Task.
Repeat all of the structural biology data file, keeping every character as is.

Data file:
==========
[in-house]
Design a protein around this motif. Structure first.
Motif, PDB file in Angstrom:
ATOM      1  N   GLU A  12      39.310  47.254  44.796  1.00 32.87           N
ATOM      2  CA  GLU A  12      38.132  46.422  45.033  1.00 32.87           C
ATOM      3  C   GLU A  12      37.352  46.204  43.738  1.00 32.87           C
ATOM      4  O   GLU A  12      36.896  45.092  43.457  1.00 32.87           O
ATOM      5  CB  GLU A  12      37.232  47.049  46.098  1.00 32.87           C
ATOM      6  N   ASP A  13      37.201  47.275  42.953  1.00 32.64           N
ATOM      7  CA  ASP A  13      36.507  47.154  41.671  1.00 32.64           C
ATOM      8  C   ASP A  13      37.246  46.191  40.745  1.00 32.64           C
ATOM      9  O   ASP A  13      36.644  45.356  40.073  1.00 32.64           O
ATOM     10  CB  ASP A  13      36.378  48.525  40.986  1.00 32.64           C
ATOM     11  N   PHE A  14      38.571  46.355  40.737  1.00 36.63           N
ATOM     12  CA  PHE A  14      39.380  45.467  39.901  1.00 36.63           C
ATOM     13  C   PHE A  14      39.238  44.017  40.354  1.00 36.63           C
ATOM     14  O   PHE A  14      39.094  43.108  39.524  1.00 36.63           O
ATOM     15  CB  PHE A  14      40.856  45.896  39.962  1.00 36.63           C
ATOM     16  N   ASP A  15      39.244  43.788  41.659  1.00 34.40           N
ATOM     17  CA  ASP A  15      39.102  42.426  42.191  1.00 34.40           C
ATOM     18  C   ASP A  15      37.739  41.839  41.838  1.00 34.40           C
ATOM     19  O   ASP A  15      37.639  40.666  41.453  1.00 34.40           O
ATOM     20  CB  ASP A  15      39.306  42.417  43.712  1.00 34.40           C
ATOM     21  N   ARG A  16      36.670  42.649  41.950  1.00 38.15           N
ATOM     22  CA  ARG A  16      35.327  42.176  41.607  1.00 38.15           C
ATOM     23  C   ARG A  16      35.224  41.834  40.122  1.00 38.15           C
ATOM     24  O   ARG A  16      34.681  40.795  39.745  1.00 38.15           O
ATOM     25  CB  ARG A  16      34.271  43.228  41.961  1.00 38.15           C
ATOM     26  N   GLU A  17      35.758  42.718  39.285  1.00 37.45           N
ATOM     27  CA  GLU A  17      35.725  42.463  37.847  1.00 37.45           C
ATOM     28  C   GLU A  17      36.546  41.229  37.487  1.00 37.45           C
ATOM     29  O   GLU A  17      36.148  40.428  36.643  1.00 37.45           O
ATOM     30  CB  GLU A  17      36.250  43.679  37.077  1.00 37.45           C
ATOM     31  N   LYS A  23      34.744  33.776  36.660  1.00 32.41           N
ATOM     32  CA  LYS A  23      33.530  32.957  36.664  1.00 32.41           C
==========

[in-house]
Design a protein around this motif. Structure first.
Motif, PDB file in Angstrom:
ATOM      1  N   GLU A  12      39.310  47.254  44.796  1.00 32.87           N
ATOM      2  CA  GLU A  12      38.132  46.422  45.033  1.00 32.87           C
ATOM      3  C   GLU A  12      37.352  46.204  43.738  1.00 32.87           C
ATOM      4  O   GLU A  12      36.896  45.092  43.457  1.00 32.87           O
ATOM      5  CB  GLU A  12      37.232  47.049  46.098  1.00 32.87           C
ATOM      6  N   ASP A  13      37.201  47.275  42.953  1.00 32.64           N
ATOM      7  CA  ASP A  13      36.507  47.154  41.671  1.00 32.64           C
ATOM      8  C   ASP A  13      37.246  46.191  40.745  1.00 32.64           C
ATOM      9  O   ASP A  13      36.644  45.356  40.073  1.00 32.64           O
ATOM     10  CB  ASP A  13      36.378  48.525  40.986  1.00 32.64           C
ATOM     11  N   PHE A  14      38.571  46.355  40.737  1.00 36.63           N
ATOM     12  CA  PHE A  14      39.380  45.467  39.901  1.00 36.63           C
ATOM     13  C   PHE A  14      39.238  44.017  40.354  1.00 36.63           C
ATOM     14  O   PHE A  14      39.094  43.108  39.524  1.00 36.63           O
ATOM     15  CB  PHE A  14      40.856  45.896  39.962  1.00 36.63           C
ATOM     16  N   ASP A  15      39.244  43.788  41.659  1.00 34.40           N
ATOM     17  CA  ASP A  15      39.102  42.426  42.191  1.00 34.40           C
ATOM     18  C   ASP A  15      37.739  41.839  41.838  1.00 34.40           C
ATOM     19  O   ASP A  15      37.639  40.666  41.453  1.00 34.40           O
ATOM     20  CB  ASP A  15      39.306  42.417  43.712  1.00 34.40           C
ATOM     21  N   ARG A  16      36.670  42.649  41.950  1.00 38.15           N
ATOM     22  CA  ARG A  16      35.327  42.176  41.607  1.00 38.15           C
ATOM     23  C   ARG A  16      35.224  41.834  40.122  1.00 38.15           C
ATOM     24  O   ARG A  16      34.681  40.795  39.745  1.00 38.15           O
ATOM     25  CB  ARG A  16      34.271  43.228  41.961  1.00 38.15           C
ATOM     26  N   GLU A  17      35.758  42.718  39.285  1.00 37.45           N
ATOM     27  CA  GLU A  17      35.725  42.463  37.847  1.00 37.45           C
ATOM     28  C   GLU A  17      36.546  41.229  37.487  1.00 37.45           C
ATOM     29  O   GLU A  17      36.148  40.428  36.643  1.00 37.45           O
ATOM     30  CB  GLU A  17      36.250  43.679  37.077  1.00 37.45           C
ATOM     31  N   LYS A  23      34.744  33.776  36.660  1.00 32.41           N
ATOM     32  CA  LYS A  23      33.530  32.957  36.664  1.00 32.41           C